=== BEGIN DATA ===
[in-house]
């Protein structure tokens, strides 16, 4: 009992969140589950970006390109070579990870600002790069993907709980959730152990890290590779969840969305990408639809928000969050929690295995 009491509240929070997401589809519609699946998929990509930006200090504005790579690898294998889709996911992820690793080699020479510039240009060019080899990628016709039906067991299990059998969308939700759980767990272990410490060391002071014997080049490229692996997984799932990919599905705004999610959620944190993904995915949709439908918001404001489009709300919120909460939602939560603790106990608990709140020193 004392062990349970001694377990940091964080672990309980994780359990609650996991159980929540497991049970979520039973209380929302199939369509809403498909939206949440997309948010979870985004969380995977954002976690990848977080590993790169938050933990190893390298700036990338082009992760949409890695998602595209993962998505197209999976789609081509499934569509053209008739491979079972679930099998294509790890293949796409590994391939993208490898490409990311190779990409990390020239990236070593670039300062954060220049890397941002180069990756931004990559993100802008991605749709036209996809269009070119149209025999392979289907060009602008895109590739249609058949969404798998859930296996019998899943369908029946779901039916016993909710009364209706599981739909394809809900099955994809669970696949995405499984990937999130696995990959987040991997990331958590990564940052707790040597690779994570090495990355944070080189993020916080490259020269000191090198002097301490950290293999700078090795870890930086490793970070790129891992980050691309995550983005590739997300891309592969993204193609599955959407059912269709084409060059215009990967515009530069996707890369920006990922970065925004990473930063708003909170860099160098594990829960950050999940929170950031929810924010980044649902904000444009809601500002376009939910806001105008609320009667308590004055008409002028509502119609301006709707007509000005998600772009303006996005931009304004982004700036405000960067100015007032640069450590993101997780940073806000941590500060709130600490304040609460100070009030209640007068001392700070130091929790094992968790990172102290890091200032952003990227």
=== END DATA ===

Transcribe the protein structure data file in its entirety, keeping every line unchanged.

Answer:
[in-house]
């Protein structure tokens, strides 16, 4: 009992969140589950970006390109070579990870600002790069993907709980959730152990890290590779969840969305990408639809928000969050929690295995 009491509240929070997401589809519609699946998929990509930006200090504005790579690898294998889709996911992820690793080699020479510039240009060019080899990628016709039906067991299990059998969308939700759980767990272990410490060391002071014997080049490229692996997984799932990919599905705004999610959620944190993904995915949709439908918001404001489009709300919120909460939602939560603790106990608990709140020193 004392062990349970001694377990940091964080672990309980994780359990609650996991159980929540497991049970979520039973209380929302199939369509809403498909939206949440997309948010979870985004969380995977954002976690990848977080590993790169938050933990190893390298700036990338082009992760949409890695998602595209993962998505197209999976789609081509499934569509053209008739491979079972679930099998294509790890293949796409590994391939993208490898490409990311190779990409990390020239990236070593670039300062954060220049890397941002180069990756931004990559993100802008991605749709036209996809269009070119149209025999392979289907060009602008895109590739249609058949969404798998859930296996019998899943369908029946779901039916016993909710009364209706599981739909394809809900099955994809669970696949995405499984990937999130696995990959987040991997990331958590990564940052707790040597690779994570090495990355944070080189993020916080490259020269000191090198002097301490950290293999700078090795870890930086490793970070790129891992980050691309995550983005590739997300891309592969993204193609599955959407059912269709084409060059215009990967515009530069996707890369920006990922970065925004990473930063708003909170860099160098594990829960950050999940929170950031929810924010980044649902904000444009809601500002376009939910806001105008609320009667308590004055008409002028509502119609301006709707007509000005998600772009303006996005931009304004982004700036405000960067100015007032640069450590993101997780940073806000941590500060709130600490304040609460100070009030209640007068001392700070130091929790094992968790990172102290890091200032952003990227």